"I still think the social function of art is that kind of negative aesthetic. Otherwise there’s no social function for it."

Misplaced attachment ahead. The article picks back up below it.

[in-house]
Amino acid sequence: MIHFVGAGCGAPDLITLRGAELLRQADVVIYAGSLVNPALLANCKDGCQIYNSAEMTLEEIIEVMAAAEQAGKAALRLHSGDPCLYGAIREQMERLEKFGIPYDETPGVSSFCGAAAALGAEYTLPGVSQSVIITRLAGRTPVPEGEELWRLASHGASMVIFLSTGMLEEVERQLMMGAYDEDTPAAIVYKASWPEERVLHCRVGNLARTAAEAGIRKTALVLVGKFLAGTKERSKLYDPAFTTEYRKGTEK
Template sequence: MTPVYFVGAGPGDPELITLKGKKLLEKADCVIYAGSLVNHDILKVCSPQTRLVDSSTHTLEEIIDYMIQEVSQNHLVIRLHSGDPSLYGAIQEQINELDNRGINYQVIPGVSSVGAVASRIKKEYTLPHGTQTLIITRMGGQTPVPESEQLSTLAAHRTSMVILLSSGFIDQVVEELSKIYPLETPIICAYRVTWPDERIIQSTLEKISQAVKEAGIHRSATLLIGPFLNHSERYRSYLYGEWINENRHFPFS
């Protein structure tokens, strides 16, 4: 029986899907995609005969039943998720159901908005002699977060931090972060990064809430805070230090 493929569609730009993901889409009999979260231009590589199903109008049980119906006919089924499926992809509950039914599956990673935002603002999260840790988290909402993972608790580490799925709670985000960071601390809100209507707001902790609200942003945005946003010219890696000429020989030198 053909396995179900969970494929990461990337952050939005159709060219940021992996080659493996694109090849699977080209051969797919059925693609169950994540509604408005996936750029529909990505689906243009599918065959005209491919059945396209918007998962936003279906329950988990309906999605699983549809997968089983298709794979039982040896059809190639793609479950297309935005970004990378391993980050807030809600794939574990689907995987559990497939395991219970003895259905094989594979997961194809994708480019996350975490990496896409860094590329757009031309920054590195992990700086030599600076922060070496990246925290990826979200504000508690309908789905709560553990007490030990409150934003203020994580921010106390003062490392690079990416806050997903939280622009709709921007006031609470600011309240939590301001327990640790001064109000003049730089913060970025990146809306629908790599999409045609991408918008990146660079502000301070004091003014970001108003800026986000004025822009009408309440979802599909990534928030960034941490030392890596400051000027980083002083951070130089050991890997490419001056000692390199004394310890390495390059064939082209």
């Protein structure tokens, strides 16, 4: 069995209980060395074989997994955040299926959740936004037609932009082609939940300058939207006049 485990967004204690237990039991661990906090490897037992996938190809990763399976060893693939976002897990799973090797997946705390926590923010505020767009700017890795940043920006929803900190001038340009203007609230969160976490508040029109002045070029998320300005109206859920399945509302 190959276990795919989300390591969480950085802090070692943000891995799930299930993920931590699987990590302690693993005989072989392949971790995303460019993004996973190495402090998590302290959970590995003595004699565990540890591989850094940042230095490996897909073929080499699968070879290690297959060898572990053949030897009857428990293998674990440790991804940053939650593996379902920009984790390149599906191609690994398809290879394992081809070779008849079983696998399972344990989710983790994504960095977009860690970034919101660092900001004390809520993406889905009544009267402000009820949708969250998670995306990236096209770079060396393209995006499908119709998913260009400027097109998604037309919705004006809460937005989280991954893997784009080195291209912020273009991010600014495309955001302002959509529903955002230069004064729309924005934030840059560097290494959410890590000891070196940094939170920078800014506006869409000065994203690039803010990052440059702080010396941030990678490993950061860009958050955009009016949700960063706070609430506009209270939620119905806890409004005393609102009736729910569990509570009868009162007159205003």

Tabaimo was born in Hyogo, Japan in 1975. Tabaimo’s drawings and video installations probe the unsettling themes of isolation, contagion, and instability that seem to lurk beneath daily existence in contemporary Japan. She draws aesthetic inspiration for her animated videos from a combination of Japanese art forms—ukiyoe woodcuts, manga, and anime—while she often sets her layered, surrealistic narratives in domestic interiors and communal spaces such as public restrooms, commuter trains, and bathhouses. Tabaimo populates her work with uncanny characters that, either through mutation or as victims of inexplicable violence, become fragmented in their relationships to the environment and their own identity. Installed in theatrical, stage-like settings, her work is attuned to the architecture and the viewers within it. Tabaimo graduated from Kyoto University of Art and Design (1999). Her work has appeared in major exhibitions at the Venice Biennale (2011, 2007); Parasol unit foundation for contemporary art, London (2010, 2007); Yokohama Museum of Art, Tokyo (2010); National Museum of Art, Osaka (2010); Philadelphia Museum of Art (2010); Moderna Museet, Stockholm (2009); Museum of Contemporary Art, Los Angeles (2007); Fondation Cartier pour l’art contemporain, Paris (2006); Hara Museum of Contemporary Art, Tokyo (2006, 2003); Israel Museum, Jerusalem (2005); National Gallery of Victoria, Melbourne (2004); Walker Art Center, Minneapolis (2003); and the São Paulo Bienal (2002). Tabaimo lives and works in Nagano, Japan.done reading